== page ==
This blog series is designed for beginner to intermediate programmers who want to improve their problem-solving skills in algorithmic challenges. By the end of this series, you'll be familiar with several key patterns that can help you approach coding problems more effectively.

**Introduction**

When tackling coding challenges, recognizing common problem-solving patterns can help you develop efficient solutions quickly. This blog post is designed for beginner to intermediate programmers who are looking to improve their problem-solving skills in algorithmic challenges. Here are 7 fundamental patterns:

- Frequency Counters
- Multiple Pointers
- Sliding Window
- Divide and Conquer
- Dynamic Programming Pattern
- Greedy Pattern
- Backtracking Pattern

along with simple examples to illustrate each.

Today, we'll start with the Frequency Counter Pattern, a fundamental technique that is essential for comparing data and solving problems involving frequencies.

## 01. Frequency Counters

The frequency counter pattern uses objects or sets to collect frequencies of values. This can often avoid the need for nested loops or O(N^2) operations with arrays or strings.

**Example Problem**

Write a function named **"same"** that takes two arrays as input. The function should return **"true"** if every value in the first array has its corresponding value squared in the second array. Additionally, the frequency of the squared values must match the frequency of the original values.

Example

Input: `[1, 2, 3]`

and `[1, 4, 9]`

Output: true

Explanation: Each value in the first array has its corresponding squared value in the second array:

1^2 = 1, 2^2 = 4, 3^3 = 9

Input: `[1, 2, 3]`

and `[1, 9, 4]`

Output: true

Explanation: The second array contains the squared values of the first array, even if they are not in the same order.

Input: `[1, 2, 3]`

and `[1, 4, 4]`

Output: false

Explanation: The second array does not contain the squared value of 3.

**Basic Solution**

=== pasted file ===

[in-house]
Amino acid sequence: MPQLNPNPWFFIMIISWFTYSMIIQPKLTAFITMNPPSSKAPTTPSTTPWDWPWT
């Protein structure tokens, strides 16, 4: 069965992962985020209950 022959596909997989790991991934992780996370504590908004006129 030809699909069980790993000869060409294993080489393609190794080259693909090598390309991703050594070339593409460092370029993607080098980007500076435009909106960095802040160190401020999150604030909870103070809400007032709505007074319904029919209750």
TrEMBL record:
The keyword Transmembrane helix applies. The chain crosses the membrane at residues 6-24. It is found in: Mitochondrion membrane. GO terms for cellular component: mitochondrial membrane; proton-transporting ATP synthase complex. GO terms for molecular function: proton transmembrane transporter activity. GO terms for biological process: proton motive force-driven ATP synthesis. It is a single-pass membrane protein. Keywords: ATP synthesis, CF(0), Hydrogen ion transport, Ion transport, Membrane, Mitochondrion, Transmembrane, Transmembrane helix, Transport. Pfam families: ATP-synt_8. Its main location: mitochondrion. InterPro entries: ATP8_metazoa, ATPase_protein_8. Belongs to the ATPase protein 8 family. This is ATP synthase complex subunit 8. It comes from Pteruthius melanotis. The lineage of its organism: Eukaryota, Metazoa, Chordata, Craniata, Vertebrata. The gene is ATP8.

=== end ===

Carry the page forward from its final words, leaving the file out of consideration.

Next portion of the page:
```
function same(arr1, arr2){
if(arr1.length !== arr2.length){
return false;
}
for(let i=0; i < arr1.length; i++){
let correctIndex = arr2.indexOf(arr1[i] ** 2)
if(correctIndex === -1){
return false;
}
arr2.splice(correctIndex,1);
}
return true;
}
```

Most developers use this solution without thinking about this pattern.

**Time Complexity - O(N^2)**

**Solution using Frequency Counter pattern**

Lets See Step by Step

I. **Check Lengths**: First, the function checks if the lengths of the two arrays are different. If they are, it returns false because they cannot have the same frequency of values.

```
function same(arr1, arr2){
if(arr1.length !== arr2.length){
return false;
}
}
```

II. **Count Frequencies**: The function then counts the frequency of each value in the first array and stores it in `frequency_counter1`

. Similarly, it counts the frequency of each value in the second array and stores it in `frequency_counter2`

.

```
function same(arr1, arr2){
if(arr1.length !== arr2.length){
return false;
}
let frequencyCounter1 = {}
let frequencyCounter2 = {}
for(let val of arr1){
frequencyCounter1[val] = (frequencyCounter1[val] || 0) + 1
}
for(let val of arr2){
frequencyCounter2[val] = (frequencyCounter2[val] || 0) + 1
}
console.log(frequencyCounter1, frequencyCounter2)
}
```

When you put this example

`same([1,2,3,2], [9,1,4,4])`

result is :

We can get each value frequency like the above.

**NOTE** : Using two separate loops instead of a nested loop reduces the time complexity of quadratic π(N^2) to linear O(N). This makes the algorithm more efficient, especially for large inputs, as the number of operations is significantly lower.

III. Compare Frequencies: Finally, the function compares the frequency of each value in frequency_counter1 with the frequency of its squared value in frequency_counter2. If any value does not match, the function returns false. and Return **True**: If all values match, the function returns true.

```
function same(arr1, arr2){
if(arr1.length !== arr2.length){
return false;
}
let frequencyCounter1 = {}
let frequencyCounter2 = {}
for(let val of arr1){
frequencyCounter1[val] = (frequencyCounter1[val] || 0) + 1
}
for(let val of arr2){
frequencyCounter2[val] = (frequencyCounter2[val] || 0) + 1
}
console.log(frequencyCounter1, frequencyCounter2)
for (let key in frequencyCounter1) {
if (!(key ** 2 in frequencyCounter2)) {
return false
}
if(frequencyCounter2[key ** 2] !== frequencyCounter1[key]) {
return false
}
}
return true
}
```

*Time Complexity - O(N)*

**Conclusion**

The Frequency Counter Pattern is a powerful tool for solving problems that involve comparing data or counting frequencies. By using this pattern, you can tackle a wide range of algorithmic challenges more effectively. Practice using this pattern with different problems to enhance your problem-solving skills.

Stay tuned for the next post in our series, where we'll explore the Multiple Pointers Pattern. If you have any questions or examples to share, feel free to leave a comment below!

## Top comments (2)

Did you mean to write "Divide and Conquer" instead of "Divide and Conquet"? Other than that, very informative post!

Thank you for catching that typo! I appreciate your keen eye. It should indeed be "Divide and Conquer." I've corrected it now. I'm glad you found the post informative, and I apologize for the oversight. Thanks again for your feedback!